> How is it different than Steam, other than the point than speculating that Microsoft would never aggressively discount games as much as Steam does now
They don't allow developers to self-publish, and Valve is privately owned by a benevolent dictator who won't be prone to public investor pressure for short term quarterly profits. People trust Valve to do the right thing.
Microsoft on the other hand has a history of just shutting down their DRM servers without making it right for the customers who bought into their DRM'd products.
"The news will likely upset a number of Microsoft's customers, who bought music from MSN Music before the company launched the Zune Marketplace and decided to ditch the old store. Microsoft's decision to turn off the MSN Music authorization servers serves as a painful reminder that DRM ultimately severely limits your rights. Companies that control various DRM schemes, as well as the content providers themselves, can yank your ability to play the content which you lawfully purchased (and now, videos) at any moment—no matter what your expectation was when you bought it. Some Major League Baseball fans learned this the hard way last fall."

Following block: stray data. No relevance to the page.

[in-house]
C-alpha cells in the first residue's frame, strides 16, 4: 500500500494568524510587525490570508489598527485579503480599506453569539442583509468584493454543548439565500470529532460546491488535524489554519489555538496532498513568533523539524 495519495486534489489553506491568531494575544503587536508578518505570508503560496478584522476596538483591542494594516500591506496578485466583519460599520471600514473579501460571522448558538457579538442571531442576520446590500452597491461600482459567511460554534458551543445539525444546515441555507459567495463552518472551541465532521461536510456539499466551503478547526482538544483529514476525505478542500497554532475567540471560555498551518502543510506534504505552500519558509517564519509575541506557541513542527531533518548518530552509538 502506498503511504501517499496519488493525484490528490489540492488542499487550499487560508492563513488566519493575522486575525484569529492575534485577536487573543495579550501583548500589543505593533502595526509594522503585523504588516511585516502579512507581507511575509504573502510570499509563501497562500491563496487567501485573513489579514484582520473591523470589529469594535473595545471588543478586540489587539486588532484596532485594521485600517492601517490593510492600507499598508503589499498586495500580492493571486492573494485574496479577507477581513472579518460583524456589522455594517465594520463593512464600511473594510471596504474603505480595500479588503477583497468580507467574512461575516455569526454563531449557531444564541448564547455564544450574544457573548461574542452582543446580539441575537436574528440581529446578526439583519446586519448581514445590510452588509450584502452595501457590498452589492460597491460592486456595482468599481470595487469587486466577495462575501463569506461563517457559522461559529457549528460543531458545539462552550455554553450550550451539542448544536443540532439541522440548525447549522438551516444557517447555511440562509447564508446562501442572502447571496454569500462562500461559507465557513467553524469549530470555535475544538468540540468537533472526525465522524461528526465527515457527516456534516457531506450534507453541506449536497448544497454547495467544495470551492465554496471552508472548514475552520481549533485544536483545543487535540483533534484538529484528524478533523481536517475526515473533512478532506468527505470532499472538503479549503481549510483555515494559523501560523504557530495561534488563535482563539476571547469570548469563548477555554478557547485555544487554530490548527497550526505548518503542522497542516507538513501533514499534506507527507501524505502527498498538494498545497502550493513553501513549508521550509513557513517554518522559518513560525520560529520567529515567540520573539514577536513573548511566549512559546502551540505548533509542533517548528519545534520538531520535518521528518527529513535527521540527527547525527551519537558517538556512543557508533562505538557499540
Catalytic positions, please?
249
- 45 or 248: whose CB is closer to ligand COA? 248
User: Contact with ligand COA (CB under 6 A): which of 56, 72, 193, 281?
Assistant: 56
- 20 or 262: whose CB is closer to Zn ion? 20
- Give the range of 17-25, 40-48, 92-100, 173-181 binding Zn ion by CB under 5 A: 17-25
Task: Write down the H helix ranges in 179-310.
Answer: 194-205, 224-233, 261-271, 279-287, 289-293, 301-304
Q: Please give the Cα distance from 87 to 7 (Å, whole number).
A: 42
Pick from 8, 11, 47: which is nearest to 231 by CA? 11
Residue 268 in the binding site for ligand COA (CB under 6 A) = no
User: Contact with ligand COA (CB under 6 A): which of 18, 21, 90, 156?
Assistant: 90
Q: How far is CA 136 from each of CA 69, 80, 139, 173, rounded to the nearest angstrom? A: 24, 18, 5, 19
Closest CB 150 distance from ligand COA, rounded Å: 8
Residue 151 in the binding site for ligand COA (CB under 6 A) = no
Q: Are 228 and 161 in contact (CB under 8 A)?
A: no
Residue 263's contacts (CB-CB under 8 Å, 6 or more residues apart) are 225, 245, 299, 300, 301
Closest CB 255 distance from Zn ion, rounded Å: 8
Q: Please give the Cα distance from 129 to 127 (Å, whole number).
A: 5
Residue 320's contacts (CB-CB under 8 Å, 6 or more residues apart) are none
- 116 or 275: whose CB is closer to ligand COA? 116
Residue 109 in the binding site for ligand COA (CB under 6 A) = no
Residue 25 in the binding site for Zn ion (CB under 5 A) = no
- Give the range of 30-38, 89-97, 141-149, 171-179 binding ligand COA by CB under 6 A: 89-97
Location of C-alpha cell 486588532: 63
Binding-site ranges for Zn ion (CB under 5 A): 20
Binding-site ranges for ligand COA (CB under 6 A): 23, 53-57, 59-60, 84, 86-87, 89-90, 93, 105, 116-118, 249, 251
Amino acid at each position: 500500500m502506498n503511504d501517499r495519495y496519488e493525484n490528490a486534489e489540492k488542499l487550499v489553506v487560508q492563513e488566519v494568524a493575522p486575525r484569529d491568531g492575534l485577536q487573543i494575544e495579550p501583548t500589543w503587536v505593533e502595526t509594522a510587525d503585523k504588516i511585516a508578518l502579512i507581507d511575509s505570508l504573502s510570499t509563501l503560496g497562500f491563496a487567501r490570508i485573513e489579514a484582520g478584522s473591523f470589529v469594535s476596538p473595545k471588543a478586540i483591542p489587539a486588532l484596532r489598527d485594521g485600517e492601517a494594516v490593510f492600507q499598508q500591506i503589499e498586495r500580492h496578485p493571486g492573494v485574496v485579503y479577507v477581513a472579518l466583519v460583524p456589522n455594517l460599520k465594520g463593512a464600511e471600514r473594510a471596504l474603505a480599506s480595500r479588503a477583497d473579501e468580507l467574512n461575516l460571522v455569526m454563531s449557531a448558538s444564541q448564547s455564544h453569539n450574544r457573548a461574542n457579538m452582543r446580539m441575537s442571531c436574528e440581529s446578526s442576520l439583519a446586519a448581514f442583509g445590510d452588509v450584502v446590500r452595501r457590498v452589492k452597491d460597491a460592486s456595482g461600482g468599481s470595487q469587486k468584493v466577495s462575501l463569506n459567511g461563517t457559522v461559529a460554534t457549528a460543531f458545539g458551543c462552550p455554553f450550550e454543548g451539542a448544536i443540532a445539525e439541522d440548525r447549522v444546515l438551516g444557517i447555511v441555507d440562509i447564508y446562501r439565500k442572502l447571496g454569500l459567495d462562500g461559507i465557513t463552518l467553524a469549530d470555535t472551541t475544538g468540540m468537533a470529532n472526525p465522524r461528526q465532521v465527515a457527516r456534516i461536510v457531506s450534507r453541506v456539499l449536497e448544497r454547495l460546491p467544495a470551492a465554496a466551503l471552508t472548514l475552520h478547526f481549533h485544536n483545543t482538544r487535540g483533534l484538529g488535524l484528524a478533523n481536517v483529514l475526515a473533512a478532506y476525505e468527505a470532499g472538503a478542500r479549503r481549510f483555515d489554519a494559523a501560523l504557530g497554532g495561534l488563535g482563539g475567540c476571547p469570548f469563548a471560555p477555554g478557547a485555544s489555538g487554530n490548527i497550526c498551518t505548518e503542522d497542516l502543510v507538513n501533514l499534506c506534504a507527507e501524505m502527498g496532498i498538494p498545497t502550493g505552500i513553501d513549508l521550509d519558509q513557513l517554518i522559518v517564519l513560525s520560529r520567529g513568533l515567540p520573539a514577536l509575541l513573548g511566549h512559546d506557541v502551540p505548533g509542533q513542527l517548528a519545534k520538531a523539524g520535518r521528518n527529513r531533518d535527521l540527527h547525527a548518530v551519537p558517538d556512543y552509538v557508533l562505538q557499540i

I wouldn't trust anything from Microsoft where in order for it to keep working, it would have to phone home to MS DRM servers. MS will eventually shut down those DRM servers without giving their customers a solution to use their DRM'd products post-shutdown.
That is true, but I also pay much less for a Steam game on average, than I would pay for a Xbox One game (usually 69.99€ in Europe, which is ~90$), which also reflects that I buy a (possibly short lived) license.
Also, it's probably much easier to backup and play your Steam games on a PC, even if Steam wont be there forever, than it would be with such a locked up system like the Xbox One.
I can buy a PS3/PS4 or WiiU game that can be played without any online connection or authentication on any number of consoles. (In case one fails and I need a replacement console)
And how is it a bad business decision to ensure that a customer can use his collection even if all auth/DRM servers are decomissioned?
This is the "bad business decision" that was made for every single big mainstream console since the invention of video games, and it seems obvious to me that the customer demands this, and MS understood it.